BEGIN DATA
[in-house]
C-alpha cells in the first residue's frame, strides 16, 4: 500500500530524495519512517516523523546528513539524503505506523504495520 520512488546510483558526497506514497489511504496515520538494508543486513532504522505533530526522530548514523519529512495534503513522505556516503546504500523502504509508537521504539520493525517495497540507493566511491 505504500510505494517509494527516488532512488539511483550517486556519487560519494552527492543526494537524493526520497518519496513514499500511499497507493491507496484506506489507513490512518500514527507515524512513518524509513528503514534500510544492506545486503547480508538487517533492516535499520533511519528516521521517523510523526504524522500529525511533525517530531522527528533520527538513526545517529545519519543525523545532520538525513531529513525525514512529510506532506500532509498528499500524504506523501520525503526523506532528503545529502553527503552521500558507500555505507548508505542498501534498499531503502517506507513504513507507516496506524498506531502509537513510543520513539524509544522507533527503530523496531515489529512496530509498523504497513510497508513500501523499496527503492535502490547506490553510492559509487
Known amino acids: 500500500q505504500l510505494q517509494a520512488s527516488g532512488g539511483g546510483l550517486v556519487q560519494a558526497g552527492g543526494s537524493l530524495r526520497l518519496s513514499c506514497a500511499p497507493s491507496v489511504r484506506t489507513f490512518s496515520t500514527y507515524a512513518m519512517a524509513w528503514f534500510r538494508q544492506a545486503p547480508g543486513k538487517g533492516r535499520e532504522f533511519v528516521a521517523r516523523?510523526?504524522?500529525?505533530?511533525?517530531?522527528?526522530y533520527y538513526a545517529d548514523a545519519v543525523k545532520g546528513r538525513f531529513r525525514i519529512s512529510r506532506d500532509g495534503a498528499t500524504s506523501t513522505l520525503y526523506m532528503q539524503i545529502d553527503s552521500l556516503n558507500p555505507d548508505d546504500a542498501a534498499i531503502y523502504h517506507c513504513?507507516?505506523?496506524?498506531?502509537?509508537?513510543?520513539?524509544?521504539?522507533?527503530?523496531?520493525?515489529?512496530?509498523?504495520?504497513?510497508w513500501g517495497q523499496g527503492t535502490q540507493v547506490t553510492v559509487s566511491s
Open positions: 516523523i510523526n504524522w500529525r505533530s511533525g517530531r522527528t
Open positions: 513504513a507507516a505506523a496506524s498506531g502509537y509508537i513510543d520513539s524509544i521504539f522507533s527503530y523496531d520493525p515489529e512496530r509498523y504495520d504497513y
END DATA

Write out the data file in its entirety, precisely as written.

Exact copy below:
[in-house]
C-alpha cells in the first residue's frame, strides 16, 4: 500500500530524495519512517516523523546528513539524503505506523504495520 520512488546510483558526497506514497489511504496515520538494508543486513532504522505533530526522530548514523519529512495534503513522505556516503546504500523502504509508537521504539520493525517495497540507493566511491 505504500510505494517509494527516488532512488539511483550517486556519487560519494552527492543526494537524493526520497518519496513514499500511499497507493491507496484506506489507513490512518500514527507515524512513518524509513528503514534500510544492506545486503547480508538487517533492516535499520533511519528516521521517523510523526504524522500529525511533525517530531522527528533520527538513526545517529545519519543525523545532520538525513531529513525525514512529510506532506500532509498528499500524504506523501520525503526523506532528503545529502553527503552521500558507500555505507548508505542498501534498499531503502517506507513504513507507516496506524498506531502509537513510543520513539524509544522507533527503530523496531515489529512496530509498523504497513510497508513500501523499496527503492535502490547506490553510492559509487
Known amino acids: 500500500q505504500l510505494q517509494a520512488s527516488g532512488g539511483g546510483l550517486v556519487q560519494a558526497g552527492g543526494s537524493l530524495r526520497l518519496s513514499c506514497a500511499p497507493s491507496v489511504r484506506t489507513f490512518s496515520t500514527y507515524a512513518m519512517a524509513w528503514f534500510r538494508q544492506a545486503p547480508g543486513k538487517g533492516r535499520e532504522f533511519v528516521a521517523r516523523?510523526?504524522?500529525?505533530?511533525?517530531?522527528?526522530y533520527y538513526a545517529d548514523a545519519v543525523k545532520g546528513r538525513f531529513r525525514i519529512s512529510r506532506d500532509g495534503a498528499t500524504s506523501t513522505l520525503y526523506m532528503q539524503i545529502d553527503s552521500l556516503n558507500p555505507d548508505d546504500a542498501a534498499i531503502y523502504h517506507c513504513?507507516?505506523?496506524?498506531?502509537?509508537?513510543?520513539?524509544?521504539?522507533?527503530?523496531?520493525?515489529?512496530?509498523?504495520?504497513?510497508w513500501g517495497q523499496g527503492t535502490q540507493v547506490t553510492v559509487s566511491s
Open positions: 516523523i510523526n504524522w500529525r505533530s511533525g517530531r522527528t
Open positions: 513504513a507507516a505506523a496506524s498506531g502509537y509508537i513510543d520513539s524509544i521504539f522507533s527503530y523496531d520493525p515489529e512496530r509498523y504495520d504497513y